I'm calling concerning about Christmas and the true meaning. I just got done reading the SpeakOut column. Instead of speaking about kids at school and this and that, we should all start praying and thank God for the country we are living in and remember those who are not here. And to all the mothers, father, grandparents, sisters and brothers who have family members in Iraq, I just want to wish each and every one a very Merry Christmas. This whole month and everyday until our boys and girls come home from the war. let's just take a moment to pray. We're proud of the men and women who are serving.
Mike, I read your column about the network media and agree very much with you that we will find bias in our news reporting. You had it right when you said, "If you go back to the days of Walter Cronkite, the American public held our national media in high regard. We had faith they were telling the truth." The days of Walter Cronkite were the days before Fox News came along and taught media businessmen how to do opinions and make it look and sound like news. I'd venture to say that you've been guilty of similar slants, subtle as they may be, in your news reporting a time or two.
In the Humor Section, in the story "Pwease hep me unnerstand," I could not help but notice the following sentence: "But really, is it too much to ask for somebody who speaks English to get a job that's main requirement is to speak English?" If "that's" is a conjuction of "that is," the sentence appears to read: "...a job that is main requirement..." Perhaps the sentence should read "...to get a job for which the main requirement is to speak English..." Of course, I'm sure someone already knew that in view of their exalted view of their own mastery of English. Perhaps more reading and less Tivo watching would help. Thanks in advance for forgiving my sarcasm du jour.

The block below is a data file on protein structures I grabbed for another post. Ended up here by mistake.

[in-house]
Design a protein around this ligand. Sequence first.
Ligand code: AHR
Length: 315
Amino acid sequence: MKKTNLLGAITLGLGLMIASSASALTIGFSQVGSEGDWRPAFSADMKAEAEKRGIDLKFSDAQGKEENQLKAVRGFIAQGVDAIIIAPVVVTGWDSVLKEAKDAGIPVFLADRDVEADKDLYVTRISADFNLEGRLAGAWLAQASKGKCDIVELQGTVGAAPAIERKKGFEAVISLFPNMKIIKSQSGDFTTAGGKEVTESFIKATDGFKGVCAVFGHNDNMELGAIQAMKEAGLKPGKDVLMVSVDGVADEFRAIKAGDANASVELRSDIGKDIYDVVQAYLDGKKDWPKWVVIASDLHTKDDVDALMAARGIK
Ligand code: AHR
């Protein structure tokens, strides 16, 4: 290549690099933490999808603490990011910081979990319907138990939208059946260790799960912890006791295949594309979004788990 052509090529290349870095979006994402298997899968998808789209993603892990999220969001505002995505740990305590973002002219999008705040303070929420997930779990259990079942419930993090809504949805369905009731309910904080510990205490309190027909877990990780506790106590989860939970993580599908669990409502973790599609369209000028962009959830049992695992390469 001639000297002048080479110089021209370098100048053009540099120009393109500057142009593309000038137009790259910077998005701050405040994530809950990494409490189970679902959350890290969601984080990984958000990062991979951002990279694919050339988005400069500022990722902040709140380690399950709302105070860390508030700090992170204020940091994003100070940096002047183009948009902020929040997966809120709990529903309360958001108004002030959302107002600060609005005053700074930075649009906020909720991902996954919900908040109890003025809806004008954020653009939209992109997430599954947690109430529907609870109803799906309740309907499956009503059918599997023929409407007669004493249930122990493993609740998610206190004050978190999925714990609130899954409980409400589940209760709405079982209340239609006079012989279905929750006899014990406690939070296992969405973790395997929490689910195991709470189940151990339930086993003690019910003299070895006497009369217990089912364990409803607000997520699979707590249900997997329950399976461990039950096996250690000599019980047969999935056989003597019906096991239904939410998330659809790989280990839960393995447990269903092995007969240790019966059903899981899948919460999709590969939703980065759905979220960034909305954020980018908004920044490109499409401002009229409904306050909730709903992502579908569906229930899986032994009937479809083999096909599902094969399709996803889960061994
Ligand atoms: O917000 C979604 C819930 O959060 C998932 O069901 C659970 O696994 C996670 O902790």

Thank you for your fine words of wisdom. (Is the punctuation correct)? Of course, this SpeakOut was e-mailed and printed as is so anyone can see that you misspelled "conjunction." Perhaps more reading of "Sarcasm du jour" and less complaining would help.
My husband and I were cited by the city of Sikeston for code enforcement violations, supposedly. We pled not guilty and went to a trial. The judge, I believe is paid for by let's say, hmm, the City. Go figure. The city versus me. I wonder how many people in Sikeston or anywhere saw fair wrote on their trial. It was the judge's decision, not judged by 12 of my peers. That doesn't hardly seem fair that the person who is paying the judge's salary is also the one that I have the conflict of interest with.
I am calling about a recipe about banana pudding, made the old-fashioned way from scratch, not from a box. If someone knows how to make this, would you please report it to SpeakOut and I'll read it in the paper.
3/4 c. sugar, 1/2 c. flour, 1 tsp. vanilla, 3 sliced bananas, 1/4 tsp. salt, 2 eggs, separated, 2 c. scalded milk, 2 tbsp. sugar. Mix sugar with flour and salt. When using self rising flour, omit salt. Gradually add beaten egg yolks to scalded milk and pour slowly into dry ingredients. Cook 15 minutes in double boiler, stirring constantly until thickened. Add flavoring. Place bananas in wafer lined dish, cover with custard. Beat egg whites until stiff and add 2 tablespoons sugar and spread over custard. Bake 15 minutes in slow oven 325 degrees. Serves six.
This is in response to the article, The times they aren't a changing that was in the paper Friday, Dec. 14. In the beginning the caller said, "African-
Americans never sold people." They don't know their history. The slaves that were brought over from Africa were sold by Africans. The slave trade is still going on today in Africa. Black people are selling black people. They have and always will.